Imagine dancing with an octopus, looking into the jaws of a great white shark, accidentally annoying an aggressive Humboldt squid, or tracking Adelie penguins across the Antarctic landscape. My presentations are lively, interactive, and full of surprises! I use PowerPoint slides with amazing images by my underwater photographer collaborators, props, samples of my books in progress, and lots of anecdotes. I present at schools, libraries, conferences, aquariums, and museums, sharing anecdotes about the subjects of my books and insights into my research process.

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NEW: How to Build A Book            I think of a book as three parts: the words, the artwork, and the overall design. First, you need to choose a topic that grabs your interest, a good excuse for seeking your own adventures to write about. Like, “Sorry, I have to go swim with sharks,” and “Bye! I’m going to study volcanoes in Hawaii.” I will describe my research and writing process—the fun and the frustration—plus the skills that involve other creative people to make a children’s book succeed. Using examples from my past books and new projects, I show how these pieces fit together: WORDS—how to grab your reader; ART—photos or illustrations or cartoons; DESIGN—assembling all the pieces like a puzzle.

Telling the Story of Science              I pose the questions I ask ocean scientists and the questions I’d like to ask marine animals. I challenge students to think about the questions they’d ask if they had the chance. I emphasize the importance of accuracy in writing nonfiction—while emphasizing that these facts may change as scientists learn more. I feature my interviews with researchers, new discoveries and theories, and my own adventures with dolphins, sharks, and octopuses in order to capture the excitement of doing science.

Shark Expedition         Underwater Photographer Jeff Rotman’s exploits and encounters with various species of sharks read like adventure stories, except that they are real! In five new books, we share his personal anecdotes and insights from 40 years of diving with nearly 100 different shark species, including great white sharks, whale sharks, basking sharks, manta rays, tiger sharks, scalloped hammerheads, and many more.

Searching for Sea Monsters: Giant Squid, Giant Octopus, and Their Kin                 A centuries-long quest for the giant squid weaves through myths, whaling captains’ journals, and scientific expeditions. Also meet other present-day sea monsters: the Humboldt squid, the rare colossal squid, and the captivating aquarium favorite, the Pacific giant octopus.

City Fish, Country Fish              Like the classic tale of The City Mouse and the Country Mouse, there are places in the ocean that have characteristics of the city and of the country. See how “city” fishes that live in coral reefs compare to the “country” fishes of cooler climates. For older students, we can discuss how climate change is affecting these ocean ecosystems.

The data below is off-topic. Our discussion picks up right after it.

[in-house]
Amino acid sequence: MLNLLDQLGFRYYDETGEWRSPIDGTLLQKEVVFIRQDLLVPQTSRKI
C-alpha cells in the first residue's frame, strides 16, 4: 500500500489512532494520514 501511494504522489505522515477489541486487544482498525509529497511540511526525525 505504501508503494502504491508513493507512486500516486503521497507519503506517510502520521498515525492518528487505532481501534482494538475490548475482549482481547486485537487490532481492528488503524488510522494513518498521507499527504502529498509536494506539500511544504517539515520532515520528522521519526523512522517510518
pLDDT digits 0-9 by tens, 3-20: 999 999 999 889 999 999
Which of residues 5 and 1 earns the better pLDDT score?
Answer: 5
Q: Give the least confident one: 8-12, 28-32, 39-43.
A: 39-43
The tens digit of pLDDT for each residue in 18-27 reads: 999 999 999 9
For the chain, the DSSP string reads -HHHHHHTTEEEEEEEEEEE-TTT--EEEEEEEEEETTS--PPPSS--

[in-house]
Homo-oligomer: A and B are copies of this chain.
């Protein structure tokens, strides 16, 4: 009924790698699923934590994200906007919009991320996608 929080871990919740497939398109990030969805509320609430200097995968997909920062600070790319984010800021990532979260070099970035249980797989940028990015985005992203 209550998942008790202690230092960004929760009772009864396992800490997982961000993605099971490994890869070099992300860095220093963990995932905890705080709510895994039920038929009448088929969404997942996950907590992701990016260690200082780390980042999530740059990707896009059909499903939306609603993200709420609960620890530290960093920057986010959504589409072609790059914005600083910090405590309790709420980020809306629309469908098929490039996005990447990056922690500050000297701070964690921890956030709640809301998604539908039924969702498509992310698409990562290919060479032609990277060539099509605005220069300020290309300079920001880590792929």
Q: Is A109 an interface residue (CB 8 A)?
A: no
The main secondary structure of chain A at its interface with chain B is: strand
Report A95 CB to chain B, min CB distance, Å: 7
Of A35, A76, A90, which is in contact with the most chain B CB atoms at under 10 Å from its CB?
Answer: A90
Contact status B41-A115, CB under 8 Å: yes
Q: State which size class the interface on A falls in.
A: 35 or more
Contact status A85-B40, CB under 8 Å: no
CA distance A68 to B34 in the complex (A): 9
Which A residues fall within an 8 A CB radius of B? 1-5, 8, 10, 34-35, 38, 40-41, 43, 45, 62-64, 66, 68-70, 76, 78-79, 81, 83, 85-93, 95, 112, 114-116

“Dear Dolphin”: Advice that Dolphins Could Give If We Would Only Listen                              Humans can learn some life lessons from dolphins and their communities, from “Family first” to “Use your melon.” Through interviews with scientists and trainers, as well as personal encounters of my own, I share some amazing truths about dolphins—and a few dark secrets.

Sea Secrets    How does climate change affect the food web for three animals that depend on a small shrimp-like zooplankter called krill? This book introduces the marine food web and why it is changing in a Bingo game on Winners and Losers in the Gulf of Maine. Best for grades 4-6.

Sister Ships: Exploring Sunken Cities Beneath the Sea    Two shipwrecks—200 years and 2,000 miles apart—bring to light periods in our nation’s history that shape our society today. Henrietta Marie was a slave ship that sank off Key West, Florida, in 1700; the paddlewheel steamer Portland sank in 1898 on its way from Boston to Portland, Maine. Less than 40 years after slavery was abolished, a third of its crew members were prosperous, hard-working members of Portland’s middle class. We explore what these two ships tell us about life, death, discovery, and renewal.

“My wife and I attended Mary’s presentation on Shipwrecks at the Maine Historical Society.  We were so impressed with not only her content expertise, but also with her engaging delivery.  History and marine biology came alive! Mary is a true educator adept at facilitating the curiosity of all ages.”   Corvis Catsouphes

“You were wonderful!  Not only what you present is great, but your enthusiasm just glows!”         – Librarian

3 Responses to Presentations

  1. Beth Leahy says:

    Ms. Cerullo spoke at our library (March 2011) and was fascinating. We all learned so much about shipwrecks and sea life. She was a delightful speaker and answered all of our questions with aplomb. Any child would be lucky to have any of her books.
    Beth Leahy, York Public Library Trustee

  2. Mary is a smart, fantastic speaker and entertainer with a great sense of humor. Invite her to speak to your classroom or organization…that’s my advice. Did I mention smart!

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